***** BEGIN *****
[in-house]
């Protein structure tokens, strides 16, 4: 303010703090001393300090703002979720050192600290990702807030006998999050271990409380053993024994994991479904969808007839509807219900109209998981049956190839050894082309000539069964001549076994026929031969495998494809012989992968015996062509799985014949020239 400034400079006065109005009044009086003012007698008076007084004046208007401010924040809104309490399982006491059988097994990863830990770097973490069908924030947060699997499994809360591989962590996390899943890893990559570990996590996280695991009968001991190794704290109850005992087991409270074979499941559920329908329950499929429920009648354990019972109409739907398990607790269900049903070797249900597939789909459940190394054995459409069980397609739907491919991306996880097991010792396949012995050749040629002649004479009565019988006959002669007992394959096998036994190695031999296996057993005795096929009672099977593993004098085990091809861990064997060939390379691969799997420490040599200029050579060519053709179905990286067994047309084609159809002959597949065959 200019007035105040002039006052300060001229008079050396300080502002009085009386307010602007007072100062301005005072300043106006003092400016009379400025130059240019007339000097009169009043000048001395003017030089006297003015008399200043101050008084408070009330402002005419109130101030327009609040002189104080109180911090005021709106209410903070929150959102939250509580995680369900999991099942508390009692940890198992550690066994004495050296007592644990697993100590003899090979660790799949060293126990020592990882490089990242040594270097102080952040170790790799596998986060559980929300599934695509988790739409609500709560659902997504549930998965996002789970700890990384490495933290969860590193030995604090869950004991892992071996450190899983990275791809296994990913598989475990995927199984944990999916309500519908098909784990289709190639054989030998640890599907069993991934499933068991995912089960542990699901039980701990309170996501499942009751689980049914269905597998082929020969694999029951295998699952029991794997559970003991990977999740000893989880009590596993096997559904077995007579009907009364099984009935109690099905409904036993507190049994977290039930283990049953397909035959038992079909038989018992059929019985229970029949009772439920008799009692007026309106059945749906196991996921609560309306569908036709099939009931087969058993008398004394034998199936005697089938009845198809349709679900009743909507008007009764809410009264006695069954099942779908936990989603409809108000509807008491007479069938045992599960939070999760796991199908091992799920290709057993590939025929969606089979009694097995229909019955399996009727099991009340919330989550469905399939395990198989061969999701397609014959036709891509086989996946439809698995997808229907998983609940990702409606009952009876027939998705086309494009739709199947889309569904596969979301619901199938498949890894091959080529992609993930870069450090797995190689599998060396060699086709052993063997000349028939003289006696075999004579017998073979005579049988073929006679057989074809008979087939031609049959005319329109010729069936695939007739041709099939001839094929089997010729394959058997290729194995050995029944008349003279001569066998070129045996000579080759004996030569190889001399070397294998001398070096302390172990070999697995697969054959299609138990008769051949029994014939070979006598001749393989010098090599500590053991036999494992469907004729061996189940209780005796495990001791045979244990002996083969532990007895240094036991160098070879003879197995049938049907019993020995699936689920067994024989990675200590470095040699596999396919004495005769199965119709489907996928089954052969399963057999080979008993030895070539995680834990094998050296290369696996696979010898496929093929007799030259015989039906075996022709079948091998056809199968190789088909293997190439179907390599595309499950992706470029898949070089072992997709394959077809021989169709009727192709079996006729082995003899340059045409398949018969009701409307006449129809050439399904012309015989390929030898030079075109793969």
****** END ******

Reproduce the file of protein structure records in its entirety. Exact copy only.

[in-house]
């Protein structure tokens, strides 16, 4: 303010703090001393300090703002979720050192600290990702807030006998999050271990409380053993024994994991479904969808007839509807219900109209998981049956190839050894082309000539069964001549076994026929031969495998494809012989992968015996062509799985014949020239 400034400079006065109005009044009086003012007698008076007084004046208007401010924040809104309490399982006491059988097994990863830990770097973490069908924030947060699997499994809360591989962590996390899943890893990559570990996590996280695991009968001991190794704290109850005992087991409270074979499941559920329908329950499929429920009648354990019972109409739907398990607790269900049903070797249900597939789909459940190394054995459409069980397609739907491919991306996880097991010792396949012995050749040629002649004479009565019988006959002669007992394959096998036994190695031999296996057993005795096929009672099977593993004098085990091809861990064997060939390379691969799997420490040599200029050579060519053709179905990286067994047309084609159809002959597949065959 200019007035105040002039006052300060001229008079050396300080502002009085009386307010602007007072100062301005005072300043106006003092400016009379400025130059240019007339000097009169009043000048001395003017030089006297003015008399200043101050008084408070009330402002005419109130101030327009609040002189104080109180911090005021709106209410903070929150959102939250509580995680369900999991099942508390009692940890198992550690066994004495050296007592644990697993100590003899090979660790799949060293126990020592990882490089990242040594270097102080952040170790790799596998986060559980929300599934695509988790739409609500709560659902997504549930998965996002789970700890990384490495933290969860590193030995604090869950004991892992071996450190899983990275791809296994990913598989475990995927199984944990999916309500519908098909784990289709190639054989030998640890599907069993991934499933068991995912089960542990699901039980701990309170996501499942009751689980049914269905597998082929020969694999029951295998699952029991794997559970003991990977999740000893989880009590596993096997559904077995007579009907009364099984009935109690099905409904036993507190049994977290039930283990049953397909035959038992079909038989018992059929019985229970029949009772439920008799009692007026309106059945749906196991996921609560309306569908036709099939009931087969058993008398004394034998199936005697089938009845198809349709679900009743909507008007009764809410009264006695069954099942779908936990989603409809108000509807008491007479069938045992599960939070999760796991199908091992799920290709057993590939025929969606089979009694097995229909019955399996009727099991009340919330989550469905399939395990198989061969999701397609014959036709891509086989996946439809698995997808229907998983609940990702409606009952009876027939998705086309494009739709199947889309569904596969979301619901199938498949890894091959080529992609993930870069450090797995190689599998060396060699086709052993063997000349028939003289006696075999004579017998073979005579049988073929006679057989074809008979087939031609049959005319329109010729069936695939007739041709099939001839094929089997010729394959058997290729194995050995029944008349003279001569066998070129045996000579080759004996030569190889001399070397294998001398070096302390172990070999697995697969054959299609138990008769051949029994014939070979006598001749393989010098090599500590053991036999494992469907004729061996189940209780005796495990001791045979244990002996083969532990007895240094036991160098070879003879197995049938049907019993020995699936689920067994024989990675200590470095040699596999396919004495005769199965119709489907996928089954052969399963057999080979008993030895070539995680834990094998050296290369696996696979010898496929093929007799030259015989039906075996022709079948091998056809199968190789088909293997190439179907390599595309499950992706470029898949070089072992997709394959077809021989169709009727192709079996006729082995003899340059045409398949018969009701409307006449129809050439399904012309015989390929030898030079075109793969």